From mid-November of last year until mid-February of this year, I was at “non-flying” status while recovering from surgery to repair a rotator cuff tear. I used the time as effectively as I could. I put my Cardinal RG in for an extensive annual inspection, leaving my mechanic with a long list of items to check and attack now, while they weren’t problems. With the airframe having just turned 3,000 hours, I wanted to have a “hit list” of favorite items looked at in greater detail. Now that the plane is fully refurbished, I feel it’s time to start going back through it again during regularly scheduled maintenance to double check additional items which, although not a problem now, are known to give problems.
During my down time, I also had ample opportunity to consider the FARs regarding being medically fit to fly. We are obligated to ground ourselves anytime we know, or have reason to know, of a medical condition that would make us unable to meet the requirements for the medical certificate necessary for our particular pilot operation. Well, that was a no-brainer for me. I couldn’t use my right arm and I would have been crazy (and illegal) to try to fly my plane while recovering. Nor could I perform any of my duties as an EMS helicopter pilot. Duh!
So, I did my physical therapy to get my arm working again, and then the route to getting back to flying became a dual one. My doctor would not let me return to work at the hospital until a specific date because of the nature of my job. But a couple of week’s prior, he did say it would be OK for me to get back into the RG for some personal flying.
Now the conundrum. My medical, which was a first class taken in January 2001, was still valid for all the flying I would do in the RG. FAR part 61.53 pretty much says we are self-certifying during the valid period of our medical certificate. AOPA shared my opinion that, since the medical was still valid by date, and I grounded myself when I knew it was appropriate, and my doctor now said it was OK to fly again, I could “unground” myself. So I did. However, I covered my bases by having my doctor record a report noting his approval for me to return to personal flying. I also went to my local FBO and took a recurrency training flight. The fact that the instructor pilot was also an FAA Designated Pilot Examiner didn’t hurt, but it wasn’t necessary.
My return to EMS flying was a bit different. To fly commercially, we must have passed at least a second class medical exam during the prior 12 months. The company I fly for requires it to be a first class every 12 months. Regardless, my time had expired, so I went for my exam armed with a report of my surgery, a hospital discharge record, and a letter from my doctor briefly describing the whole event and his approval for me to return to flying. (Note: this also would have been required whenever I showed up for my next medical, regardless of class.) My EMS employer also required a special return to work report from my doctor, releasing me for duty; my fresh flight medical exam; and a recurrency training flight to get me back up to speed. Finally, all systems were “go” and I was back in the air on all counts.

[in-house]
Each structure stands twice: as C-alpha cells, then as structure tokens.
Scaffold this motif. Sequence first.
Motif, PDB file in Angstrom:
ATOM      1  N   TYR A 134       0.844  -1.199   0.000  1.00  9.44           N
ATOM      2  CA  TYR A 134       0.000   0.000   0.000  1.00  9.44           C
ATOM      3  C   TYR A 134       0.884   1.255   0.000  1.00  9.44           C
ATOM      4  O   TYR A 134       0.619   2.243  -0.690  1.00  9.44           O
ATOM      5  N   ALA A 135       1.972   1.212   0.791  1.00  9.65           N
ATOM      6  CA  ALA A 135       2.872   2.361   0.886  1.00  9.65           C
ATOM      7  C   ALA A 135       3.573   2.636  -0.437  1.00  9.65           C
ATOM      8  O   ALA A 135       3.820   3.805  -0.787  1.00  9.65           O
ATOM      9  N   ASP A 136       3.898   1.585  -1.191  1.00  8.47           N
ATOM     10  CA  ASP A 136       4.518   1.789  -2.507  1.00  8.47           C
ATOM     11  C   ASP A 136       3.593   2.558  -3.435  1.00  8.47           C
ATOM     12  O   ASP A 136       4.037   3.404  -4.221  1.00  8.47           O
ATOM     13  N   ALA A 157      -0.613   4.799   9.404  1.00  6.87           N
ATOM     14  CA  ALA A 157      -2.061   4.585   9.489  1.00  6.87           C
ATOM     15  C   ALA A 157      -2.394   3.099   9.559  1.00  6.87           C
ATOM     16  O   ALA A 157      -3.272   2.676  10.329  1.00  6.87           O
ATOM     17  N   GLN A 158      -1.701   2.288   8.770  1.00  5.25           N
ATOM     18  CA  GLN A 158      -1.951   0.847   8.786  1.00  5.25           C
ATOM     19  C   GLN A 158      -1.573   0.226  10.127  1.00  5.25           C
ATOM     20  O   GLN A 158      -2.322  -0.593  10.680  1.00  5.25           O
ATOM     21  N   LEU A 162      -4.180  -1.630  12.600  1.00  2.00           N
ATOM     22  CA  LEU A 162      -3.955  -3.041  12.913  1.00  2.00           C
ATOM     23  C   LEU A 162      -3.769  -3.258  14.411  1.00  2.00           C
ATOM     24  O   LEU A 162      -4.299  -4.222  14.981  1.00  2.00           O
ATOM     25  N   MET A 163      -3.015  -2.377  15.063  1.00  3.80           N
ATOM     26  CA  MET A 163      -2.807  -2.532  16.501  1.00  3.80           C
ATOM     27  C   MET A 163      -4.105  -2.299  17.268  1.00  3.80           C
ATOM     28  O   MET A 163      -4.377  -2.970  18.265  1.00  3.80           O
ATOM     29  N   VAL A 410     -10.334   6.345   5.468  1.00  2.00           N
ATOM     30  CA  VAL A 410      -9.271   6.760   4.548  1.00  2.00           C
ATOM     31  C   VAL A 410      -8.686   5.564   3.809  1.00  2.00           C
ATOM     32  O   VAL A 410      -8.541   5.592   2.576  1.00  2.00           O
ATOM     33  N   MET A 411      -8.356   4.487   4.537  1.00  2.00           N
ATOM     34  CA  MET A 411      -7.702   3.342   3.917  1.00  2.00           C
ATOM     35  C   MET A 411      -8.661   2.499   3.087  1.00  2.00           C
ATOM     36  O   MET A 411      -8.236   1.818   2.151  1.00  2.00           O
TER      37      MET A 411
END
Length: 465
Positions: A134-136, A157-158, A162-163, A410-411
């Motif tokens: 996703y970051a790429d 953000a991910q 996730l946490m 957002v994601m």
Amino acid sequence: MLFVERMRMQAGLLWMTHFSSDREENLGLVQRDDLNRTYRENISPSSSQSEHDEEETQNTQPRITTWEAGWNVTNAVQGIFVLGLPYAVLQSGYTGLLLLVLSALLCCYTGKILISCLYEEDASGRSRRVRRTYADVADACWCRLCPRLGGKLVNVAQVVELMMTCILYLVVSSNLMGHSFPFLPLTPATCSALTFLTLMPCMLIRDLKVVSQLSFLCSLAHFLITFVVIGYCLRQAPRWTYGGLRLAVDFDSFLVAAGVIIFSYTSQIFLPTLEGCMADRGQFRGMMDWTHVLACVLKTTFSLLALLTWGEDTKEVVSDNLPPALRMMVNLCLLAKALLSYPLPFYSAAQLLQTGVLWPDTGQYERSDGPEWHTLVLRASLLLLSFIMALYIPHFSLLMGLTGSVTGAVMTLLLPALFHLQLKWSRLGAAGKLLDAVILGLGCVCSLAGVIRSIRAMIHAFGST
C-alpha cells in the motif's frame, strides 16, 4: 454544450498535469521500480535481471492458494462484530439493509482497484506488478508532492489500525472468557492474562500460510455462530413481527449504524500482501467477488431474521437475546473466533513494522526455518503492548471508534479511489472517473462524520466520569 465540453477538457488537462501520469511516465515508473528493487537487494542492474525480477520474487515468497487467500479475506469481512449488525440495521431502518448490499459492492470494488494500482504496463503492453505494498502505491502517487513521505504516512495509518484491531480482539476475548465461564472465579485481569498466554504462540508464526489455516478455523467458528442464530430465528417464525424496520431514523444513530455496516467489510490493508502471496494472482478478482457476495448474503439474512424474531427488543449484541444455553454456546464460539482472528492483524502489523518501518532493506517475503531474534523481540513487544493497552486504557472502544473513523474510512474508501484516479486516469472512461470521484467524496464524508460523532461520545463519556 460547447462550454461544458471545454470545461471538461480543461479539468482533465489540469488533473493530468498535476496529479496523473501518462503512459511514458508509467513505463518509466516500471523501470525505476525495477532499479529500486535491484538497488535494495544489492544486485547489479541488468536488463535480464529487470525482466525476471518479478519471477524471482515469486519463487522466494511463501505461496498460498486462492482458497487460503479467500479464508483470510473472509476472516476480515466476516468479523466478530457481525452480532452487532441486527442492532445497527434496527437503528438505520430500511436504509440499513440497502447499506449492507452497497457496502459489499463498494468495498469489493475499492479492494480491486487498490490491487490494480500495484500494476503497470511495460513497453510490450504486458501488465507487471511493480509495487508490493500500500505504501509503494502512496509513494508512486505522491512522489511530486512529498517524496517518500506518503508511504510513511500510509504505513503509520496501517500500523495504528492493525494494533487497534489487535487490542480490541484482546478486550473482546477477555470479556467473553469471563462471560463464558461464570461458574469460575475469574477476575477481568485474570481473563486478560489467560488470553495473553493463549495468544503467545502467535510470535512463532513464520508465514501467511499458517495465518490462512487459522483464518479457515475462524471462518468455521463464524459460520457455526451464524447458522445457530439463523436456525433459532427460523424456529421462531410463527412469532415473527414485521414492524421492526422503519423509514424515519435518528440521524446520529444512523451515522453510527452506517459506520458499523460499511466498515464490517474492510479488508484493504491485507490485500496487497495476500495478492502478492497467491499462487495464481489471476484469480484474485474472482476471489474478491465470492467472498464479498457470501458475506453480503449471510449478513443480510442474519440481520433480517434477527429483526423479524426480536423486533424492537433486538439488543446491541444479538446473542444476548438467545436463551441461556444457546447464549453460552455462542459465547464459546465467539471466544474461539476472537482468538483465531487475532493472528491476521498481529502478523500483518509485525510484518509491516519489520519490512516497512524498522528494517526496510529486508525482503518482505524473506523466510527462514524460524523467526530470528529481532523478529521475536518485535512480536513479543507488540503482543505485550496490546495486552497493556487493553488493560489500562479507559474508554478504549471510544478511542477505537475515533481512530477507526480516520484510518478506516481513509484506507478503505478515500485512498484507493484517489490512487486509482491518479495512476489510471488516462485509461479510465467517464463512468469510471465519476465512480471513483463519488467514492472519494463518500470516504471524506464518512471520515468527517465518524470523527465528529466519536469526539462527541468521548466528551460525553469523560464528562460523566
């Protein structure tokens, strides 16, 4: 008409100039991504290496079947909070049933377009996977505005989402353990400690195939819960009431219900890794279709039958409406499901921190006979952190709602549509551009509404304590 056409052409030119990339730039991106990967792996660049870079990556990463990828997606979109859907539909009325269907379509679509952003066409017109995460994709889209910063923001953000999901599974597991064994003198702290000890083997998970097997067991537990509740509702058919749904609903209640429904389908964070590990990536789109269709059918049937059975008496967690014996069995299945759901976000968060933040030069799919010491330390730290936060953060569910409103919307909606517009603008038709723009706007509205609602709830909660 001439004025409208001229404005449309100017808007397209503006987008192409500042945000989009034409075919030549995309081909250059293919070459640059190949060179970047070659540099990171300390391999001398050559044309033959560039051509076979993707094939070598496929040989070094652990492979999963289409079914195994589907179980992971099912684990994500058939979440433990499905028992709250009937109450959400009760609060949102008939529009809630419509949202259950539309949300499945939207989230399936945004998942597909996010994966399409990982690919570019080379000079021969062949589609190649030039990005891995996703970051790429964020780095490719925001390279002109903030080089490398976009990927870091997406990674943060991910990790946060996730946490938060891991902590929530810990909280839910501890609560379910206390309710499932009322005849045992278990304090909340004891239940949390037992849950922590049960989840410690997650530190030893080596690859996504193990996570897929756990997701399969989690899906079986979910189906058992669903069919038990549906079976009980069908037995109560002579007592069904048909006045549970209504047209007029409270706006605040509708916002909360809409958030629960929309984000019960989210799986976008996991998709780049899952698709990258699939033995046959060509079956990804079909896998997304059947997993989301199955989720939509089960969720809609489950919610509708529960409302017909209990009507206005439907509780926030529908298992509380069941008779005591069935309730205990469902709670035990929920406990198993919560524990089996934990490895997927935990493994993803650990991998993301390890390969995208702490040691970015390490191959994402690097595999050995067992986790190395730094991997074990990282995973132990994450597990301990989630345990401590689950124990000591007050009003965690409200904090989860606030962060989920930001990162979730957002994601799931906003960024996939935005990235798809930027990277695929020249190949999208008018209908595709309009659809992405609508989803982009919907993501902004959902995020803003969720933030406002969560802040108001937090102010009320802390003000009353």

Since my return to personal flying, I have put in a considerable amount of time traveling around most of the southeastern U.S. Visiting FBOs, I have made a specific point to ask how business is doing since the 9/11 attacks. Obviously, my poll is random, based on my specific destinations, and completely non-scientific. But it was still important to me at least to take the pulse of the operators I visited.
Starting at my own base, Rowan County Airport (RUQ) in Salisbury, N.C., much improved activity was reported. The flight school is buzzing and the aircraft sales staff is busy selling airplanes. I knew business was really slow at the end of last year, and I was worried the salesman there might not have a job when I returned. It was a great feeling to see him not only there, but bubbling with excitement at how his new and used aircraft deals were going.
Last November, I flew to Louisiana on business. ATC was quiet on a perfect VFR day. I went back to the same place in February and ATC was buzzing with GA airplanes. The FBOs reported much improved fuel sales since the beginning of the year. A staff member at an FBO in Florida that I visit regularly, Sun Air in Leesburg, told me that business was not only good, it was better than pre-9/11.
The two wholesale companies distributing the video I produced on buying used aircraft have been ordering more copies this first quarter than they did the entire last half of last year. The West Coast distributor said he is surprised at how the videos are moving again, all of a sudden. He thought the economy was still down and the recovery from 9/11 still distant. My reply was that maybe the newly increased hassles of airline travel are stirring a renewed interest in the grass-roots segment of GA travel.
I recognize that there are still locations, as well as certain segments of our industry, where recovery has yet to be seen. But it sure has been nice to see it in the areas I have recently visited.
Guy R. Maher is a business owner and aircraft appraiser with more than 12,000 hours in general aviation airplanes and helicopters. He is an independent buyer’s agent and flight instructor for type specific initial and recurrent training. He can be contacted through the above e-mail address, or by calling 704-287-3475.